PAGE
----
It is a little known fact that Belgium's finance minister wears blue and white striped boxer shorts and the Brussels underpants museum has a pair to prove it.
Belgian artist Jan Bucquoy said that the framed underwear represents a utopian longing for an equal society. "If I had portrayed Hitler in his underpants there would not have been a war. I think in this way you can contribute to a better world," Bucquoy said.
"If you are scared of someone, just imagine them in their underpants. The hierarchy will fall and you will see that this is a guy like any other. We are all equal, all brothers."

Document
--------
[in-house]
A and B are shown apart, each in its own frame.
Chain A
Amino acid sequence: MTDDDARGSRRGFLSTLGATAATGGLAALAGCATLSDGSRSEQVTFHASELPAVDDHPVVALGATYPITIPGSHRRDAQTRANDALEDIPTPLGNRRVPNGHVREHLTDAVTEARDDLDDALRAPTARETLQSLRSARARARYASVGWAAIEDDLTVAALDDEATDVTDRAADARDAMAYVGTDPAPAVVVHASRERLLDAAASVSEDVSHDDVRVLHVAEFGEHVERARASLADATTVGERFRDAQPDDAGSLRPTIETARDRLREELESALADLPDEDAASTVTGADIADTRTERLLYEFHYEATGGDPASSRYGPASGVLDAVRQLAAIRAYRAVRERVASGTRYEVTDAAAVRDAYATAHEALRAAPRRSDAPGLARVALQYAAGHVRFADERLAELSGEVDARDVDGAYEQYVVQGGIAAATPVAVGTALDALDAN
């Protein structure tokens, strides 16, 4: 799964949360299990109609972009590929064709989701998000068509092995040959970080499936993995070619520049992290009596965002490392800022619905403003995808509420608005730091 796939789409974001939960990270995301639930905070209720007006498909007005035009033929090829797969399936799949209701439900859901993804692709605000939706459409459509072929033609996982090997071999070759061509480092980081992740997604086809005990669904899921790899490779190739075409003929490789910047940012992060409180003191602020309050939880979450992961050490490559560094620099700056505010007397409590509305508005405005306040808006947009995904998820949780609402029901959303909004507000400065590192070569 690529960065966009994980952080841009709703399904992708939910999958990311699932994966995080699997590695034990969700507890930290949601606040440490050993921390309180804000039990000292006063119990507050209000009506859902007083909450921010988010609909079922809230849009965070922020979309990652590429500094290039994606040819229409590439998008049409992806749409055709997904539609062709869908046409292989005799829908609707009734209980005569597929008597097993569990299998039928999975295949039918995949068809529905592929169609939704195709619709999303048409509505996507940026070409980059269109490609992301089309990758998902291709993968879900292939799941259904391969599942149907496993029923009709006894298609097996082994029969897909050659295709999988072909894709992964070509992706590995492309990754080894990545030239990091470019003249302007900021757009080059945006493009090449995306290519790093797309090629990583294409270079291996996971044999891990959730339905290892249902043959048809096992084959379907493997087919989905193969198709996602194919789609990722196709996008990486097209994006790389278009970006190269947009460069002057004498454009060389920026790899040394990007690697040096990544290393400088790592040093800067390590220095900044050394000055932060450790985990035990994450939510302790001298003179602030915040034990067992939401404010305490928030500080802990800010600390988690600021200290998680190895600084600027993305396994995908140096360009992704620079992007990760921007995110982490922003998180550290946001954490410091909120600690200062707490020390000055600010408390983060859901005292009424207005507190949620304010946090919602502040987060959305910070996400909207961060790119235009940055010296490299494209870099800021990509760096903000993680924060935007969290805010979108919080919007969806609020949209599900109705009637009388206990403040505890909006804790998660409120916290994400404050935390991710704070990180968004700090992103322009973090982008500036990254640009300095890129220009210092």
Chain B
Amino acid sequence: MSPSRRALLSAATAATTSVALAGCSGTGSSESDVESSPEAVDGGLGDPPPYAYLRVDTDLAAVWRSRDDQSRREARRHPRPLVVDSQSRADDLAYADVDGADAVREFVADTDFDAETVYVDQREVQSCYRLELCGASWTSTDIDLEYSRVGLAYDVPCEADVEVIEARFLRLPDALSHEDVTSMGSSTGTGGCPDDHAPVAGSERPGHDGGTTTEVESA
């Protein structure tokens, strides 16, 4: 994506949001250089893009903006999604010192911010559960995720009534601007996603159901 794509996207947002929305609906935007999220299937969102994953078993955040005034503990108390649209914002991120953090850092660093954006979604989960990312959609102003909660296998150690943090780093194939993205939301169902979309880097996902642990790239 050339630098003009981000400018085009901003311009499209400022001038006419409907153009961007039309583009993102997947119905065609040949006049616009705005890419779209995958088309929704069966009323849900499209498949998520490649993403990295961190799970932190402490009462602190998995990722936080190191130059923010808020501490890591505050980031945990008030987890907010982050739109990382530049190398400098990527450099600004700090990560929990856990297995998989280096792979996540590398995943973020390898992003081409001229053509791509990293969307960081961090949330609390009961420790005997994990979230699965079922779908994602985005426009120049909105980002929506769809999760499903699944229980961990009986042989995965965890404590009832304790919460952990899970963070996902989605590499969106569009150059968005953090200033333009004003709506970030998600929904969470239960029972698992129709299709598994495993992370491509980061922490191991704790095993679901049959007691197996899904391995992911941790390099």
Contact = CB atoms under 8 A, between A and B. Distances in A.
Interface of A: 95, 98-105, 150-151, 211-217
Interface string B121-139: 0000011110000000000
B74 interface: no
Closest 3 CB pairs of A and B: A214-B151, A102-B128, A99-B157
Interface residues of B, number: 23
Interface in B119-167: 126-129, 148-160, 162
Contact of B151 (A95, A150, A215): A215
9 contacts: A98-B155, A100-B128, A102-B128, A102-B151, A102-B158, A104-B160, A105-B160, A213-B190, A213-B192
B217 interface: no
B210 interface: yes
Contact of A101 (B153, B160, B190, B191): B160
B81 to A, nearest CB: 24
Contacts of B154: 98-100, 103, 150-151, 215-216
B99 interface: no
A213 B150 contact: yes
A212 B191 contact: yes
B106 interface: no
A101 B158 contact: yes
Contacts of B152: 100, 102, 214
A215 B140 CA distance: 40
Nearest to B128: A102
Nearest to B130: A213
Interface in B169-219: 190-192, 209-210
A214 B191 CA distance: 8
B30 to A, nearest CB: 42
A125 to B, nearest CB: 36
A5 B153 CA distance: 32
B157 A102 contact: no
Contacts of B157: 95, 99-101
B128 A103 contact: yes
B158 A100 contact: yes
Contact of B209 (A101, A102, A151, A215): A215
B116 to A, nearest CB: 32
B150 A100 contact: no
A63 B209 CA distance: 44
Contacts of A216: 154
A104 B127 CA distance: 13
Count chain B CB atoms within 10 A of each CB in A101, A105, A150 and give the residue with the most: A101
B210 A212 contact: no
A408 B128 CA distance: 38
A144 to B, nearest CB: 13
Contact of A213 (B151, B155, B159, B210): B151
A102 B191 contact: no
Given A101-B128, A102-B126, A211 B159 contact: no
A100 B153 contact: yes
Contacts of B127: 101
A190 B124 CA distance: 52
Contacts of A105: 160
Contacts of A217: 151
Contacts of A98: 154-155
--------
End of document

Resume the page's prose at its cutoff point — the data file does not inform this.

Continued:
Bucquoy's "Musee du Slip" or underpants museum, which opened in Brussels earlier this month, features framed underwear donated by mostly Belgian artists, singers and politicians. Each pair comes with a certificate of authenticity and must have been worn at least once by the donor.
Elsewhere, pictures of those unwilling or unable to hand over a pair of undies are adorned with underwear nonetheless.
An Andy Warhol-style print of Margaret Thatcher, wearing a skin-coloured flower-patterned pair of women's underpants, contrasts sharply with French President Nicolas Sarkozy, whose tri-coloured Y-fronted headwear unmistakably resembles a Napolean Bonaparte hat.